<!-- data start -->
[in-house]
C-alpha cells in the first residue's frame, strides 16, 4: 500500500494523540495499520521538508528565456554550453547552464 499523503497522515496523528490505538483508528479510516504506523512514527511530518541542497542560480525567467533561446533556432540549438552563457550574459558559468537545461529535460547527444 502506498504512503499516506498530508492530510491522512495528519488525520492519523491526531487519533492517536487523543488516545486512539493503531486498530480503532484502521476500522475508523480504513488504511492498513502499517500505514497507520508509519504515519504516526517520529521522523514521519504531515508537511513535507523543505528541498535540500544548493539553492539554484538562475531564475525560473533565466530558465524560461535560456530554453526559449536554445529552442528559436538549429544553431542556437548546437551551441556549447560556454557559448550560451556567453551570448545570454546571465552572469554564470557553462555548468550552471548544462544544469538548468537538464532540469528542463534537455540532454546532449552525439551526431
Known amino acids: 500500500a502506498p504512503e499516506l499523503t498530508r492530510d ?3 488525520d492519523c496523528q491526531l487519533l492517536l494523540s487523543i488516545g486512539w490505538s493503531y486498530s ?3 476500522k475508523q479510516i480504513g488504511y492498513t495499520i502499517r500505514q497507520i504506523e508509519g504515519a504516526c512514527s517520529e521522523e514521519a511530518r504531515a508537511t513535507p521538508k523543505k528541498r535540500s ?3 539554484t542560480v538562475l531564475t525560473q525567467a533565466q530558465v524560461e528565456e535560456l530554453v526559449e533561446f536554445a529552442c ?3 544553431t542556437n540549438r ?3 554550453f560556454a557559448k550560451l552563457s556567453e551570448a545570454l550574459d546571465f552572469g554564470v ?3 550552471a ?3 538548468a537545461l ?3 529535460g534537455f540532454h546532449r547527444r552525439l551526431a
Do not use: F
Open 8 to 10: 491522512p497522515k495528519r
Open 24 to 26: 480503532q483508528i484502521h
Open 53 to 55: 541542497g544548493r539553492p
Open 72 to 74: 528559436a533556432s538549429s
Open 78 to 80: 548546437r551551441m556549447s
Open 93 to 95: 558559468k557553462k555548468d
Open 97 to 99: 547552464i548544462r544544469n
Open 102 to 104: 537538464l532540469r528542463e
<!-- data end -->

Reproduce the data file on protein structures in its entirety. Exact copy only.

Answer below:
[in-house]
C-alpha cells in the first residue's frame, strides 16, 4: 500500500494523540495499520521538508528565456554550453547552464 499523503497522515496523528490505538483508528479510516504506523512514527511530518541542497542560480525567467533561446533556432540549438552563457550574459558559468537545461529535460547527444 502506498504512503499516506498530508492530510491522512495528519488525520492519523491526531487519533492517536487523543488516545486512539493503531486498530480503532484502521476500522475508523480504513488504511492498513502499517500505514497507520508509519504515519504516526517520529521522523514521519504531515508537511513535507523543505528541498535540500544548493539553492539554484538562475531564475525560473533565466530558465524560461535560456530554453526559449536554445529552442528559436538549429544553431542556437548546437551551441556549447560556454557559448550560451556567453551570448545570454546571465552572469554564470557553462555548468550552471548544462544544469538548468537538464532540469528542463534537455540532454546532449552525439551526431
Known amino acids: 500500500a502506498p504512503e499516506l499523503t498530508r492530510d ?3 488525520d492519523c496523528q491526531l487519533l492517536l494523540s487523543i488516545g486512539w490505538s493503531y486498530s ?3 476500522k475508523q479510516i480504513g488504511y492498513t495499520i502499517r500505514q497507520i504506523e508509519g504515519a504516526c512514527s517520529e521522523e514521519a511530518r504531515a508537511t513535507p521538508k523543505k528541498r535540500s ?3 539554484t542560480v538562475l531564475t525560473q525567467a533565466q530558465v524560461e528565456e535560456l530554453v526559449e533561446f536554445a529552442c ?3 544553431t542556437n540549438r ?3 554550453f560556454a557559448k550560451l552563457s556567453e551570448a545570454l550574459d546571465f552572469g554564470v ?3 550552471a ?3 538548468a537545461l ?3 529535460g534537455f540532454h546532449r547527444r552525439l551526431a
Do not use: F
Open 8 to 10: 491522512p497522515k495528519r
Open 24 to 26: 480503532q483508528i484502521h
Open 53 to 55: 541542497g544548493r539553492p
Open 72 to 74: 528559436a533556432s538549429s
Open 78 to 80: 548546437r551551441m556549447s
Open 93 to 95: 558559468k557553462k555548468d
Open 97 to 99: 547552464i548544462r544544469n
Open 102 to 104: 537538464l532540469r528542463e